Garage door construction

Hi all
I want to change the door on my garage to something that suits my
needs better. I use it as a home workshop and the current up and over
door is the only method of entry, there are benches down either side
with an aisle down the centre. What I was hoping to do is make 3
wooden doors, 1 hinged on the left hand side of the frame, and a
double door hanging on the right - I could then just open the centre
part for access or swing them all open should I need too. Got a few
questions though
1. Assuming each door is approx 27" wide, will the double door hang
properly or is it likely to sag? Would I be best to use some sort of
gate hinge on the door to frame part and standard hinges on the door
to door join ?
2. The doors will be a fairly simple frame with some sort of panel
(either board or T&G) To make the frame can I use biscuit joints
3. I'm doing this on a budget so hardwood is out, I'll have to go with
whatever the local DIY shed has, if I give it a good going over with
some sort of preservative and then use a quality paint are the doors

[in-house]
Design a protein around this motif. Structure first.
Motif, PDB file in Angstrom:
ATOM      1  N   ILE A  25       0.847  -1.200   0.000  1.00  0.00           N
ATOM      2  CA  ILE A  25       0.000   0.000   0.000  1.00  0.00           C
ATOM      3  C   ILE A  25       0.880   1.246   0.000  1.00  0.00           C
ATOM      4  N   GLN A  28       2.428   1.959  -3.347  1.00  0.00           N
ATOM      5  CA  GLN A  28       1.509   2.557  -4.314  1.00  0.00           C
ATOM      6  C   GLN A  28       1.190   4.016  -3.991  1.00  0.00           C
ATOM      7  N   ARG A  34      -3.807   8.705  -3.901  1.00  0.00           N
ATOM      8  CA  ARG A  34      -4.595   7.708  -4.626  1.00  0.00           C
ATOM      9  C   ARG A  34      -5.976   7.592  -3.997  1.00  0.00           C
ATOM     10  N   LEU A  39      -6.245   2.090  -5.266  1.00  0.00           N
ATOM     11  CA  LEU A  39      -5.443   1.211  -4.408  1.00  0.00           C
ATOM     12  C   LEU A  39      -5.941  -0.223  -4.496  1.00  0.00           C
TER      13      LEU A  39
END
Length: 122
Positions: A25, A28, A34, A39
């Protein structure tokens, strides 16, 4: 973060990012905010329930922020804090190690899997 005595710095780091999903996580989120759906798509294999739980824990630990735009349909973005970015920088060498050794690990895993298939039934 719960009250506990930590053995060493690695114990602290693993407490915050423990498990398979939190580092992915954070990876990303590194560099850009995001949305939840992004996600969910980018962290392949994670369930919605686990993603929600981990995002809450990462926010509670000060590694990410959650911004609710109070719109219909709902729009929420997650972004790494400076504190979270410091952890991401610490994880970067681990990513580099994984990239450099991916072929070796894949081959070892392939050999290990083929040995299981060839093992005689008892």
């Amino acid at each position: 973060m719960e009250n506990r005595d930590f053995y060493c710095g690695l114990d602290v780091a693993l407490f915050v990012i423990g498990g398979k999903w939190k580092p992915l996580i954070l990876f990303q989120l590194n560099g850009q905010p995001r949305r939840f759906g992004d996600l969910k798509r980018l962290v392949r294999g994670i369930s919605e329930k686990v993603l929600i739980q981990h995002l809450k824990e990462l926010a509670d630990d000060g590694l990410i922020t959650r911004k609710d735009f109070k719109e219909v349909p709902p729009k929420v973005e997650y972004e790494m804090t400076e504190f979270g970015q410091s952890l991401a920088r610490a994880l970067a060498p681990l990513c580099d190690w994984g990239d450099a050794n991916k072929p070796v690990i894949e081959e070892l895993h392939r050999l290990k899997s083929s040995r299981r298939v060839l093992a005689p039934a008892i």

likely to last or am I on a hiding to nothing.
Thanks for any help and advice you can give
Reply to
Dont get the timber from the DIY shed is my general advice - much better stuff from a local timber merchants. I made a similar door and used lap joints for the corners and T&G panelled over the whole door. Protected with creosote substitute though, not painted. I'm not sure how biscuit joints would do outside. Simon.
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Are you sure 3 doors at 27" is the width of your up-and-over door - that sounds a bit narrow to me?
One alternative to cut the weight of the second door would be to halve it, and have half the door hanging off each primary door. Another is to have a hatch door in the surface of a larger door.
Whilst a hinged, double-door is certainly do-able, I can see some really hefty, high-quality hinges and some careful joinery would be needed if it's to be a good, weather-tight fit, but never sags and moves easily.
As far as constructing the doors, for wide and heavy doors - I'd be thinking of a mortice and tennoned frame with maybe fitted diagonal braces as well - if you want something that will give you a weather- tight fit like a house front door.
If a less weather-tight fit is acceptable, consider ledged and braced, which would probably cut the weight quite a bit.
Finally, there's concertina doors - needs at least a top track, and maybe top and bottom - I've never made one, so I'll leave that to those who know!
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In article , says...
Rather than that, go to your local proper timber yard and ask how much it'll cost in cedar. It'll last for years, probably not cost that much more and meanwhile when the sun catches it the smell will be pleasant.
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